#landmatters: The conversation continues

A farmer in Phong Nha, Vietnam, a country where issues related to land rights and governance have often been contentious. Photo by: Adam Brill / CC BY-NC-SA

Throughout September, we asked you to tell us why #landmatters. We’d like to thank those who participated in this timely conversation about an increasingly cross-cutting issue.

But this doesn’t mean the end of the discourse; our readers continue to share their views on the importance of land to global development.

“I think land rights depend on the country’s overall socioeconomic condition. Country’s governance system and also the political commitment [are] necessary,” Syed Taposh wrote. “The people in the power structure at national levels, and community levels always try to dominate the people who are landless. Minority groups of population are the victims in most cases.”

He cited as example the Bangladeshi people from the sweepers’ community who provide essential service to local communities, yet they don’t own land and are always under the threat of eviction.

But as Stella Dawson of the Thomson Reuters Foundation argued in a commentary, even land ownership may not provide the full answer to hardship. Several readers, including Pramod Sharma and Bala Sanou, agreed.

Sharma said: “[W]omen should have land titles to feel secure, to feel them confident in front of their children and others. This gives them mental strength, which is essential for the survival on earth. This gives them an opportunity to grow whatever they feel is good for their family (vegetables other food etc). In contrast, unclear titles do not provide them freedom to work on the land, they are always in dilemma about sharing of yield. No doubt alone it won’t end poverty, but this is a key to unlock the barriers and well begun is half done.”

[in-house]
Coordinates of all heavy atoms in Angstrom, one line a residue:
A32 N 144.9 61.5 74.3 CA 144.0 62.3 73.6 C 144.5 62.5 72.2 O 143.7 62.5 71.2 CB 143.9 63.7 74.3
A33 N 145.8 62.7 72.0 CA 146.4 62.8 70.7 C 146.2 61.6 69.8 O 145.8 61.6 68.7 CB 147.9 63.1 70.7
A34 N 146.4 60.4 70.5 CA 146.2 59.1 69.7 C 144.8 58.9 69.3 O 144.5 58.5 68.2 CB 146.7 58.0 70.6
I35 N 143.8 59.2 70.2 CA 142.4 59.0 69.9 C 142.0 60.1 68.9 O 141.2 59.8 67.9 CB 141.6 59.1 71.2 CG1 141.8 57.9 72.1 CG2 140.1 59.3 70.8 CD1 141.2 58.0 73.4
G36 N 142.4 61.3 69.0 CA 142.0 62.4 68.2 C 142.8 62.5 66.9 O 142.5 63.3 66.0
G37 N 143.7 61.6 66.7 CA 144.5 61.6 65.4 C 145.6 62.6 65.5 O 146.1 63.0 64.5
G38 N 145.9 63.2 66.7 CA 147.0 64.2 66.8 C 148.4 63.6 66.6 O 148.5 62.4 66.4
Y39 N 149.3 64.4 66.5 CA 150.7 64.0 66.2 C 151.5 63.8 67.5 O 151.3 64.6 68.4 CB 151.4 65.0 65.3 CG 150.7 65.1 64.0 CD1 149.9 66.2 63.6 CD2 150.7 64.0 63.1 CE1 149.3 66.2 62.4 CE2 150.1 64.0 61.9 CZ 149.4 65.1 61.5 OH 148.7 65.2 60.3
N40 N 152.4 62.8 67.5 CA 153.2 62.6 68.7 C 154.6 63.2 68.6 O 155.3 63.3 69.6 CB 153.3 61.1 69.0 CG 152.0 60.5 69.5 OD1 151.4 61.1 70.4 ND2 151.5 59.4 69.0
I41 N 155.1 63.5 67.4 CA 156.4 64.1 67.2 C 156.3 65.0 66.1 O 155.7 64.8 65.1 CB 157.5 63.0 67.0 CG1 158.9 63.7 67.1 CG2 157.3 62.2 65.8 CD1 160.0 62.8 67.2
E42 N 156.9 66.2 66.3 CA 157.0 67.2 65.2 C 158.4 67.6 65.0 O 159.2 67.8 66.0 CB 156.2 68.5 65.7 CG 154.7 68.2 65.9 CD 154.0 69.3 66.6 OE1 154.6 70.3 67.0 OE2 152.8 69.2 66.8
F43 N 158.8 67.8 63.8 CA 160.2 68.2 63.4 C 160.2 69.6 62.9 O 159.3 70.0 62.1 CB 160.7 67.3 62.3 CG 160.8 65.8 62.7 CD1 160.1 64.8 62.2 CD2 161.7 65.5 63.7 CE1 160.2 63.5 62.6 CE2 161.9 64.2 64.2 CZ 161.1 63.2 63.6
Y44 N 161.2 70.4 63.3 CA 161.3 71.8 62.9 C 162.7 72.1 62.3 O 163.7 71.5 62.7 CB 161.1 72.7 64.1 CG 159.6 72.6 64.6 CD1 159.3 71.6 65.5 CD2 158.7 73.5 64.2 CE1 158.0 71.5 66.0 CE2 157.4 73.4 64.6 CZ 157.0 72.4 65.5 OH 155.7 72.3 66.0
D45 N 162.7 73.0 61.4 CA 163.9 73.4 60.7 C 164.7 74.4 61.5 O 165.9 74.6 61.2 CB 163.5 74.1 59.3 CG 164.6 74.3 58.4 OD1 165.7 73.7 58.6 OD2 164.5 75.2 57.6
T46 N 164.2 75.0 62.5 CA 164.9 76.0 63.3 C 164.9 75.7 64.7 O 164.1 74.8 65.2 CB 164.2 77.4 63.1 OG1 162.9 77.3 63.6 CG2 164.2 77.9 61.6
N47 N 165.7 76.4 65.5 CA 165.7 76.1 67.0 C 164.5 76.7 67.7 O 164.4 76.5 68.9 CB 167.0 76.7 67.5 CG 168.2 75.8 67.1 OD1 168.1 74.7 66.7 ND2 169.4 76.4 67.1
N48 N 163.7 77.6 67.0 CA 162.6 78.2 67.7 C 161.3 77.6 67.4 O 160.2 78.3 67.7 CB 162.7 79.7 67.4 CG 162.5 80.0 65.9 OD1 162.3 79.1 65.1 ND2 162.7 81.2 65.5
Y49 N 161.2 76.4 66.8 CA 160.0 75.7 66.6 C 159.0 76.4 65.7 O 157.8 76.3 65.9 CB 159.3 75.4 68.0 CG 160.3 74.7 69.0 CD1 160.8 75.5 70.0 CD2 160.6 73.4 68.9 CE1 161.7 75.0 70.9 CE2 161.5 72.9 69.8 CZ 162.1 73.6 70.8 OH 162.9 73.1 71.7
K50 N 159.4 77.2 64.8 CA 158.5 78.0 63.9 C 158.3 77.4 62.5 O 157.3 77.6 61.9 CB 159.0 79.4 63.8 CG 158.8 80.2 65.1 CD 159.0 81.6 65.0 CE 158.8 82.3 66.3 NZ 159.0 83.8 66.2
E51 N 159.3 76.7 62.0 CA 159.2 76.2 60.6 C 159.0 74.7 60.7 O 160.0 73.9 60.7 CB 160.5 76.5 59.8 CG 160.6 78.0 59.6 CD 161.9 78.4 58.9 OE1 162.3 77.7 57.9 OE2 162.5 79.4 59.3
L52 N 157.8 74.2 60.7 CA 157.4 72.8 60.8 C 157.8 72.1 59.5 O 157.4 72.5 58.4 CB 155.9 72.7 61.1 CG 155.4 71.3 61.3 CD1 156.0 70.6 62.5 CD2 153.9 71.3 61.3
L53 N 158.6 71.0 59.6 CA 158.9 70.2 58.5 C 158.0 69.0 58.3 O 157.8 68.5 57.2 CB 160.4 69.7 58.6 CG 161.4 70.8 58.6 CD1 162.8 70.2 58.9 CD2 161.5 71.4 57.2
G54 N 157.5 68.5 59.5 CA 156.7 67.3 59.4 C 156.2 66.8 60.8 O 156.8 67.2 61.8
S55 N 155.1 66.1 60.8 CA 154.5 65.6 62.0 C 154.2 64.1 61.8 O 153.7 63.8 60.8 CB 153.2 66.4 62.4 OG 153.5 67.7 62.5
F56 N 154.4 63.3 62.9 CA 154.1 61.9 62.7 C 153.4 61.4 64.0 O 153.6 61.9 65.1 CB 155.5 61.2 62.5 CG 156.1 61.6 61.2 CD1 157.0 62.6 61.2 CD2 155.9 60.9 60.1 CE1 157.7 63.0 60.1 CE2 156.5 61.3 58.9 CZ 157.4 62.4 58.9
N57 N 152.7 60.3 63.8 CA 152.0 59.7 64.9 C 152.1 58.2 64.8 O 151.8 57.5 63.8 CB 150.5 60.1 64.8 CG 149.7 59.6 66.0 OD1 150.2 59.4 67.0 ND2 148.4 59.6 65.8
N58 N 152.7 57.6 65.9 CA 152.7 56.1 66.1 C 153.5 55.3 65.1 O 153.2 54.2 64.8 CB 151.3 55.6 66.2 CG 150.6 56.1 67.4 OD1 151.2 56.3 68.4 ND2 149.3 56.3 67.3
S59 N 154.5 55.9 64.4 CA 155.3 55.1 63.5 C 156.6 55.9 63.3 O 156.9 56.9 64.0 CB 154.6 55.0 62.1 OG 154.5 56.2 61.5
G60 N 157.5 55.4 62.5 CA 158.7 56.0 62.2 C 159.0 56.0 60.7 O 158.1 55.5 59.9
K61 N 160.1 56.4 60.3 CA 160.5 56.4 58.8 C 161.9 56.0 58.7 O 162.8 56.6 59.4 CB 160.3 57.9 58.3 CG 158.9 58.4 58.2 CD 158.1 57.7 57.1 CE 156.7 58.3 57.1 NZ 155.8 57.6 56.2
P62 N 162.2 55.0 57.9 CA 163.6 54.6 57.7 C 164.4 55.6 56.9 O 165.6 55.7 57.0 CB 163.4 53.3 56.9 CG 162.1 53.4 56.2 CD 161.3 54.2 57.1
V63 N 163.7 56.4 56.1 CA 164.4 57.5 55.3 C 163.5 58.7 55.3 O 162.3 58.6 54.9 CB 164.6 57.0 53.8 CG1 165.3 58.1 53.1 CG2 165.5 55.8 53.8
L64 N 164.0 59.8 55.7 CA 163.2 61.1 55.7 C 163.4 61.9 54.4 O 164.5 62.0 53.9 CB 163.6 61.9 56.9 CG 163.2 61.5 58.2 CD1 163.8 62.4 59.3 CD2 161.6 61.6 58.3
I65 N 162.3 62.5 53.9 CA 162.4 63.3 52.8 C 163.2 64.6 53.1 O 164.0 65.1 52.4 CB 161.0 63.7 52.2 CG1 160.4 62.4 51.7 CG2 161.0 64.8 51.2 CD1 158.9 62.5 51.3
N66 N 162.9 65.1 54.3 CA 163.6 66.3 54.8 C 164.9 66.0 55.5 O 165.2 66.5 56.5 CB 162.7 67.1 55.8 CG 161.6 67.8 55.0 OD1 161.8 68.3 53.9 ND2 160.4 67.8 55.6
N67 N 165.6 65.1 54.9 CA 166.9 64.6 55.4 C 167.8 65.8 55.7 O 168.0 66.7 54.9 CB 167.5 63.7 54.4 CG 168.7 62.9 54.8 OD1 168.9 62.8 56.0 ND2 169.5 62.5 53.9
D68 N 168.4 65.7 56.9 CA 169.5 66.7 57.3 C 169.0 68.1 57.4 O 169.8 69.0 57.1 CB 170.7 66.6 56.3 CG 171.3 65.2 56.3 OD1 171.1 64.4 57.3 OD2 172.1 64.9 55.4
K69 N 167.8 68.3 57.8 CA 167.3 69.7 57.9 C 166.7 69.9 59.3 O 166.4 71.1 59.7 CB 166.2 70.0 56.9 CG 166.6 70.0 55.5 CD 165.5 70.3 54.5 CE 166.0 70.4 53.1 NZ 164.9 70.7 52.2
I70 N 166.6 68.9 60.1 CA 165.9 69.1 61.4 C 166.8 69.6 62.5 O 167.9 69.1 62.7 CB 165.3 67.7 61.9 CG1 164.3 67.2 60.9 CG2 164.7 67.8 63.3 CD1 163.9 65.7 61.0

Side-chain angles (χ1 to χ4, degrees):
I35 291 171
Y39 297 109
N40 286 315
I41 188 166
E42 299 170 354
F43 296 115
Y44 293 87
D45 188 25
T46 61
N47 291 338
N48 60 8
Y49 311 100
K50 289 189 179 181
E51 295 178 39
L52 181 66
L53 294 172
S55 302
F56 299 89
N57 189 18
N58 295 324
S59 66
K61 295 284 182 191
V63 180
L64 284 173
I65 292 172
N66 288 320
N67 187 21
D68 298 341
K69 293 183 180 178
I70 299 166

Part of the reason is the lack of proper conditions for rural landowners to access loans, Sanou said, citing the case of his country where poor people are prevented from seeking financing due to high interest rates (up to 22 percent) imposed by banks. This describes the situation in sub-Saharan Africa, he added.

Conflicts over land continue across Africa and elsewhere. Oftentimes, resolving such tensions means tapping informal justice systems, as noted in a commentary by lawyer and land tenure policy expert Deborah Espinosa.

“Tradition solves dispute problems in Africa. Land dispute is a lot to be considered in Africa,” Megabi Mathewos wrote in comment to Espinosa’s op-ed, suggesting that elders in Ethiopia are “respected and their informal justice system is recognized in court.”

Revisit Land Matters and let us know what you think!

About the author

  • Eliza Villarino

    Eliza Villarino currently manages one of today’s leading publications on humanitarian aid, global health and international development, the weekly GDB. At Devex, she has helped grow a global newsroom, with talented journalists from major development hubs such as Washington, D.C, London and Brussels. She regularly writes about innovations in global development.